History often shows that some of the most profound investment opportunities arise in places with deep and enduring trade ties – especially as times change.
Now could be one such pivotal period in history, with the nations established along one of the world’s most ancient business corridors key to shaping the new industrial future. An estimated $100 trillion investment boom between now and 2050 in power, industrial, and real estate projects is forecast as part of the global transition to Net Zero.
Around half of that capital is likely to be deployed in just two regions: the Middle East and Asia. That makes the economies along the path of the ancient Silk Road trade route – places with 2,000 years of trade, investment, and business connections – the focal point of what promises to be the most significant shift in the global economy since the Industrial Revolution’s dawn.
As the world’s largest trade bank with an international network covering 90 per cent of global GDP, trade and financial flows, the business activity we are supporting for our clients signals clearly that investors, entrepreneurs, and institutions are preparing for great change ahead.
Opportunities are evident across the economic spectrum in markets that will play an outsized role in the economic shift ahead. The economies of the GGCC are a showcase of the potential being created by ambitious, investment-led, economic diversification programmes.
A GCC epoch?
Having seen GDP growth accelerate to its swiftest in a decade in 2022, the GCC’s prospects are such that our economists forecast growth in 2024 at more than double the average annual rate of the previous five years. Selecting just one bilateral business corridor – the UAE and China – helps explain the scale of the potential.
Over the past 50 years, the UAE has developed into one of the world’s busiest hubs for international trade, logistics and aviation, and a centre of global investment and financial flows, real estate development, and tourism.
China, meanwhile, has built itself into the world’s second largest economy, becoming a giant in international trade and logistics, an expert infrastructure developer, and a global leader in renewable energy technology.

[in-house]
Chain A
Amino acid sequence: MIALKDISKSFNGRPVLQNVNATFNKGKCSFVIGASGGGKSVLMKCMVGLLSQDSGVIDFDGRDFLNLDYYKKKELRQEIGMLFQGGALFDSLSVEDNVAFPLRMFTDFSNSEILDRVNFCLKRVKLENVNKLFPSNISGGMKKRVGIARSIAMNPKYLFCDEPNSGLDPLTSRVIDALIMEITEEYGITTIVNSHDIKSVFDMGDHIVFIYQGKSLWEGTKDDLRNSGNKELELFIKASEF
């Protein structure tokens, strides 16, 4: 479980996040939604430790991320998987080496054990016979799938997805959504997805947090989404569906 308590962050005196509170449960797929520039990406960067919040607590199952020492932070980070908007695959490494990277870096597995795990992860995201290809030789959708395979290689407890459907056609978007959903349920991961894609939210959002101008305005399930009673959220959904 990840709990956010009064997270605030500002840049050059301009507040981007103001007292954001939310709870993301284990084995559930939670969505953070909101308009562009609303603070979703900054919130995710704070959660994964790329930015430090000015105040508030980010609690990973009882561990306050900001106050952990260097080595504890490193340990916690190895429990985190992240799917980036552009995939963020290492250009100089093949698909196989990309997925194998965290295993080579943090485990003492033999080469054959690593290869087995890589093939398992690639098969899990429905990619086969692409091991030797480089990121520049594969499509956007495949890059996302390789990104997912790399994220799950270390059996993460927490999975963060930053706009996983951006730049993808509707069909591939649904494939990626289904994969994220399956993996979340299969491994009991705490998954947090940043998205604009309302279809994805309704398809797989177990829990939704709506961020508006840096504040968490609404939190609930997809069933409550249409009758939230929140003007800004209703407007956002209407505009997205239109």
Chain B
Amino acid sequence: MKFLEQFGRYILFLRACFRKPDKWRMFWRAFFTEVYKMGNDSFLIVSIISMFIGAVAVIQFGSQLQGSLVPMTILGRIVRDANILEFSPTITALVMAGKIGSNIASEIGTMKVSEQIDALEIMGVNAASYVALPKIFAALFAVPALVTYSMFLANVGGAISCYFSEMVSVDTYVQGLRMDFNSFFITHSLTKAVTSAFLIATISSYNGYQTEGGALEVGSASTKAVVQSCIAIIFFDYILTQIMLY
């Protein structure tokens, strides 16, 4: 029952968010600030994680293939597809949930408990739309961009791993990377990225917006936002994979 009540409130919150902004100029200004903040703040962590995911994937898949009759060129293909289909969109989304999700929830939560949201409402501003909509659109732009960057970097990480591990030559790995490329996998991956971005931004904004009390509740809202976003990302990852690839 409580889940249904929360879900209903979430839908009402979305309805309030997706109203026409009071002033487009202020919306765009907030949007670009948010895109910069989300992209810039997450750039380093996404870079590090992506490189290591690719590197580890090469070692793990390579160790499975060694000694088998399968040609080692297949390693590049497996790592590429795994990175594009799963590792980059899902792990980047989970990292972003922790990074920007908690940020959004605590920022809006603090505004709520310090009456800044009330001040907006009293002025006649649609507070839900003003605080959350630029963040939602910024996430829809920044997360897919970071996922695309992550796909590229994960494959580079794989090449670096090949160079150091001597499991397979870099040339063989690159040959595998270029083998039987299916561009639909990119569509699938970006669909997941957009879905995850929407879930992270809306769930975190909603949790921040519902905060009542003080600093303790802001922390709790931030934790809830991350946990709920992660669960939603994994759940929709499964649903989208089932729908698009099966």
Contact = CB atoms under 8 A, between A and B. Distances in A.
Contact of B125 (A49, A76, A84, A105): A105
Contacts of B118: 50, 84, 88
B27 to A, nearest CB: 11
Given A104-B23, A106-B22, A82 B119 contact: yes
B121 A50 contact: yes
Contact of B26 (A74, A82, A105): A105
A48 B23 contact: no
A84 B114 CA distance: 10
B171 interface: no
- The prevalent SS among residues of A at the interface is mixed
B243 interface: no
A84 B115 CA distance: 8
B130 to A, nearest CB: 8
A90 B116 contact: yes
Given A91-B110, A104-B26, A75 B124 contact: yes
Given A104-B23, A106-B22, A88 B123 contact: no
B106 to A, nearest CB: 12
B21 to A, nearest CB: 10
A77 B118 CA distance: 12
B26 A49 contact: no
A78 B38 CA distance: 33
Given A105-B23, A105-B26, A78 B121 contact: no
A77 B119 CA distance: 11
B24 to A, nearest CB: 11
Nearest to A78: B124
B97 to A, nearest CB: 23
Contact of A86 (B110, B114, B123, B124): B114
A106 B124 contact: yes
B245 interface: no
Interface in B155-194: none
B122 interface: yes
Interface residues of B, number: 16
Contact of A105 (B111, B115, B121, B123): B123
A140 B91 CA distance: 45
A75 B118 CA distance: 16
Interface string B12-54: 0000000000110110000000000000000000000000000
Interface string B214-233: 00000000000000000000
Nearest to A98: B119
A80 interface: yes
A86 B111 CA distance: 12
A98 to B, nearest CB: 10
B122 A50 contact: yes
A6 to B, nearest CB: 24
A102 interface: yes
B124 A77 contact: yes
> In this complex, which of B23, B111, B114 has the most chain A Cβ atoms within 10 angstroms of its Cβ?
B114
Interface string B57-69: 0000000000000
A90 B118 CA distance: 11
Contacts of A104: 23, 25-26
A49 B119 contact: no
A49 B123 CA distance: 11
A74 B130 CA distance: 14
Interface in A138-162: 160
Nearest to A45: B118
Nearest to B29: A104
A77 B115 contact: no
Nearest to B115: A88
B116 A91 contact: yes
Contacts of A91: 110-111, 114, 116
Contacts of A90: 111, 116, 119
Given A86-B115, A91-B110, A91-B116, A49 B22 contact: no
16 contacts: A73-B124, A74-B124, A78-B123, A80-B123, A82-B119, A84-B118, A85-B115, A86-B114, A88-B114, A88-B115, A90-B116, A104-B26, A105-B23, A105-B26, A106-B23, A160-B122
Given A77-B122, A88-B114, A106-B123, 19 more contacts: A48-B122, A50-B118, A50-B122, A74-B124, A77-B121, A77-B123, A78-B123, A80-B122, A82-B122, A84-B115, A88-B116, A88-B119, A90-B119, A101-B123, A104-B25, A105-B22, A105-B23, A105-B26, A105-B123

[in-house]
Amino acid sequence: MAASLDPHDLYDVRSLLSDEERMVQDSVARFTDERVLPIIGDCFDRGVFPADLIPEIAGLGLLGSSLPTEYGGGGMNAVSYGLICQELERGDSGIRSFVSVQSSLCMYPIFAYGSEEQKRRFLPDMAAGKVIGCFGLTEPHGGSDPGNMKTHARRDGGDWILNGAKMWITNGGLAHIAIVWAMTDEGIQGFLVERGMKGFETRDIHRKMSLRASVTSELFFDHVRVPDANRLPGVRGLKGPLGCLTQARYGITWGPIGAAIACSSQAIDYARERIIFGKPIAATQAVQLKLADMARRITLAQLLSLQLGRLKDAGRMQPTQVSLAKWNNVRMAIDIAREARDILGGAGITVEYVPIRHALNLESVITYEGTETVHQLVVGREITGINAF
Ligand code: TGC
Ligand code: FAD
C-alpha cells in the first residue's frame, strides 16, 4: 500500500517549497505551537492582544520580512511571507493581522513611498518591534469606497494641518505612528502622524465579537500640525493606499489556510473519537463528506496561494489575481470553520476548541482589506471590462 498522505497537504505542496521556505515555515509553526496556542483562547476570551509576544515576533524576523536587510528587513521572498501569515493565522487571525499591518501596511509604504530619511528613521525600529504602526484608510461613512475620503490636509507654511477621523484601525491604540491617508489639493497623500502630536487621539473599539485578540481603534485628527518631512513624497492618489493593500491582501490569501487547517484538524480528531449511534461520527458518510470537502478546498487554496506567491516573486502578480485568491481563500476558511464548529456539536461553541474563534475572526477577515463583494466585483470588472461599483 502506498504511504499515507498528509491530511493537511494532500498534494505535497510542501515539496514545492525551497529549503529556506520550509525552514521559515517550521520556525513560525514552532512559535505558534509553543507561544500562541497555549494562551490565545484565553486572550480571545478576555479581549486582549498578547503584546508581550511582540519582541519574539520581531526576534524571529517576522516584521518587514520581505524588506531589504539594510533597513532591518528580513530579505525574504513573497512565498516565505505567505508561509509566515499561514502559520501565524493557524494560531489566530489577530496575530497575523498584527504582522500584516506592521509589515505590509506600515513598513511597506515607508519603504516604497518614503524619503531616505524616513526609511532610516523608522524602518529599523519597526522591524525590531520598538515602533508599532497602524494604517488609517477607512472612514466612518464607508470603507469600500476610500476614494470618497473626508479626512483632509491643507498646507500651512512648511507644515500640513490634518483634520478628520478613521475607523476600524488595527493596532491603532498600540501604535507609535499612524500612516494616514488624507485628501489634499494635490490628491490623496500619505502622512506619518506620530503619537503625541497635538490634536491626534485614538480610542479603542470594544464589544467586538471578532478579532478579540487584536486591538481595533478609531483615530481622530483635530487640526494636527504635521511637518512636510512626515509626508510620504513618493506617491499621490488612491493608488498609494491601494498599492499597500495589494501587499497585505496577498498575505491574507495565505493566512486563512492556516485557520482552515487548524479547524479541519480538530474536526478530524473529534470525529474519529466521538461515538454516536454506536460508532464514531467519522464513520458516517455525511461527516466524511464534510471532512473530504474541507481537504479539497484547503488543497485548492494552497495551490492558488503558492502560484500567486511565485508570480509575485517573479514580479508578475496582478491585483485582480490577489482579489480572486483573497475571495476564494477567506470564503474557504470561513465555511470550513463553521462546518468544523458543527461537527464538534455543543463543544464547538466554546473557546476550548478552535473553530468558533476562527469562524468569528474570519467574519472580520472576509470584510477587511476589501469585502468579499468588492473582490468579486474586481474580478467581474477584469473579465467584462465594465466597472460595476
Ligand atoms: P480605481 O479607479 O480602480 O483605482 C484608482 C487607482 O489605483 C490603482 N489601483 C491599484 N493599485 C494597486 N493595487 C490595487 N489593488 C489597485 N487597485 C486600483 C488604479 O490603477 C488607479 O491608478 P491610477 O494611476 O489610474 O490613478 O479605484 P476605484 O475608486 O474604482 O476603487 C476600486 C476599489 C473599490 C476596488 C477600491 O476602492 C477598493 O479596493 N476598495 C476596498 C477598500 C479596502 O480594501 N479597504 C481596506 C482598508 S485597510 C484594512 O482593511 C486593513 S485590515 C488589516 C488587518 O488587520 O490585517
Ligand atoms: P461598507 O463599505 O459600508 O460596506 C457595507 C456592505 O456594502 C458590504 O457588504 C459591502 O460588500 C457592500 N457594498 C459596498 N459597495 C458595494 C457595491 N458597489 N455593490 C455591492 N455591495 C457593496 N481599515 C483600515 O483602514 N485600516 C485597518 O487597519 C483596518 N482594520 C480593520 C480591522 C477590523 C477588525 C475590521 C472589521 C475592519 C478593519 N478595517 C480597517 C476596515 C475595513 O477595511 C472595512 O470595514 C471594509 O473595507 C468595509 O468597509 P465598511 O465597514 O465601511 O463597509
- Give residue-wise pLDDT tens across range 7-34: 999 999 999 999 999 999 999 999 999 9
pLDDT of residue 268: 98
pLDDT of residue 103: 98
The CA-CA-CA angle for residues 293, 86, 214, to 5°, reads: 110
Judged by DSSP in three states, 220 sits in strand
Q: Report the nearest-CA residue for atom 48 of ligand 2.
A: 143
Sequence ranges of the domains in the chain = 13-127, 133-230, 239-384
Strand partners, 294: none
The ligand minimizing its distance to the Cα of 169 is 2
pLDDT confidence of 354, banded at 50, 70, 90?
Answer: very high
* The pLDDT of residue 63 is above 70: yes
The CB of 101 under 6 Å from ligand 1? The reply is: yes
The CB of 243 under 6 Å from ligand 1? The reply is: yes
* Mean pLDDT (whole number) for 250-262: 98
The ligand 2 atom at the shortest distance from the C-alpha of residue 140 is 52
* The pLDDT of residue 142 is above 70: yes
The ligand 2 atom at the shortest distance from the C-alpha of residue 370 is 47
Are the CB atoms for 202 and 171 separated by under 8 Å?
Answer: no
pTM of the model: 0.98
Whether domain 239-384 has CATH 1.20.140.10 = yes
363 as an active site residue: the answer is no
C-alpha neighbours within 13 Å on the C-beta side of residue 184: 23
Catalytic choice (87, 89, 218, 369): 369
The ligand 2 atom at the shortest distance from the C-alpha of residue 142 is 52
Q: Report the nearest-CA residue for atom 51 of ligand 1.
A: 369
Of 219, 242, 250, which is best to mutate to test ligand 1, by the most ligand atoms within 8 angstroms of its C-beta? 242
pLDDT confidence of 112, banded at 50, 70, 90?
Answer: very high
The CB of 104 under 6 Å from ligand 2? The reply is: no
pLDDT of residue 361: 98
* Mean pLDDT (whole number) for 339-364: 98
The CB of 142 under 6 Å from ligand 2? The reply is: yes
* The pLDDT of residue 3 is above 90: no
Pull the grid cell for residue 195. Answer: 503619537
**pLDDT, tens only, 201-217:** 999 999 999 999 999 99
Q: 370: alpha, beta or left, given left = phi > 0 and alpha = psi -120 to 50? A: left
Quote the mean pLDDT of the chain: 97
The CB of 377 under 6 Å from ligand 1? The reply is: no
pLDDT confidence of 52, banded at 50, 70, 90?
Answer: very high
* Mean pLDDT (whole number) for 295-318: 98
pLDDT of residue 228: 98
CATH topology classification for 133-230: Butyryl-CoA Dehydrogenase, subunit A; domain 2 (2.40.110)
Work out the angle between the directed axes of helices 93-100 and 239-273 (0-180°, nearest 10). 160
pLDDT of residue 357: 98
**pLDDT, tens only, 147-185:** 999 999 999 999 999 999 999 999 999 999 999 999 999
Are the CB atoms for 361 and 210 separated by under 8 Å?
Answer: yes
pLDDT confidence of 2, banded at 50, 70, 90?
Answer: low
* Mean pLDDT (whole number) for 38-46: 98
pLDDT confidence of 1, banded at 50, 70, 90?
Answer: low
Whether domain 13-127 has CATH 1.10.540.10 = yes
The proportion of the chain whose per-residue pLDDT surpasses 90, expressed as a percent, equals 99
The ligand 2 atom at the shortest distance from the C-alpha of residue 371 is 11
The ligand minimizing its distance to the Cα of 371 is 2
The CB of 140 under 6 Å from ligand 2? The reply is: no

Non-oil trade between the two accelerated to $72 billion in 2022, up 18 per cent on 2021, while total trade reached a record high of $99.3 billion. Cumulative bilateral investment flows hit $12 billion in 2021 as business opportunities between the two flourished. The future opportunity is immense.
The UAE masterplan on growth
Meeting the key ambitions of the UAE government’s ‘We the UAE 2031’ plan will double the size of the economy by 2031, generating more than $200 billion in non-oil exports and raising the total value of trade above $1 trillion.
Meanwhile the Dubai government’s D33 programme makes enhancing foreign trade with Asia, as part of its Dubai Economic Corridors 2033 initiative, a key policy goal.
And the ambitions of the ‘Make it in the Emirates’ programme under the UAE’s ‘Operation 300bn’ industrial strategy to raise the industrial sector’s contribution to GDP to Dh300 billion by 2031 from Dh133 billion in 2021, make clean energy and industrial innovation key to advancing sustainable economic growth.
That means whether looking at trade, investment, financial markets, logistics, infrastructure, shipping, tourism or aviation, the UAE is a place where investors will see capital, talent and ideas come together, acquire momentum, grow, and flourish.
The conversations we have with our clients in China about the UAE focus on the potential of doing business in a place where such bold ambitions extend across the economic spectrum. Transformative investment opportunities abound and the power sector is a clear example.
The UAE is already one of the world’s leading lights in renewable energy, having invested around $50 billion in 70 countries to create installed renewable energy capacity of about 11GW. It has pledged to invest a similar amount at home and abroad over the coming decade.
Think about the potential when the UAE - one of the world’s most dynamic renewable energy investors - expands connections with China, the world leader in solar manufacturing capacity and capability.
That is just one of the ways in which the profound shift in opportunities heralded by the transition to Net Zero can be leveraged between places with strong, historic trade ties – and a shared experience of world-leading economic innovation, diversification, and development.
From the perspective of the geographies where some of the world’s most significant structural economic shifts have occurred over the past few decades – and are likely to occur again over the decades– now is the time to invest for the transition to come and take the lead in shaping a new industrial landscape.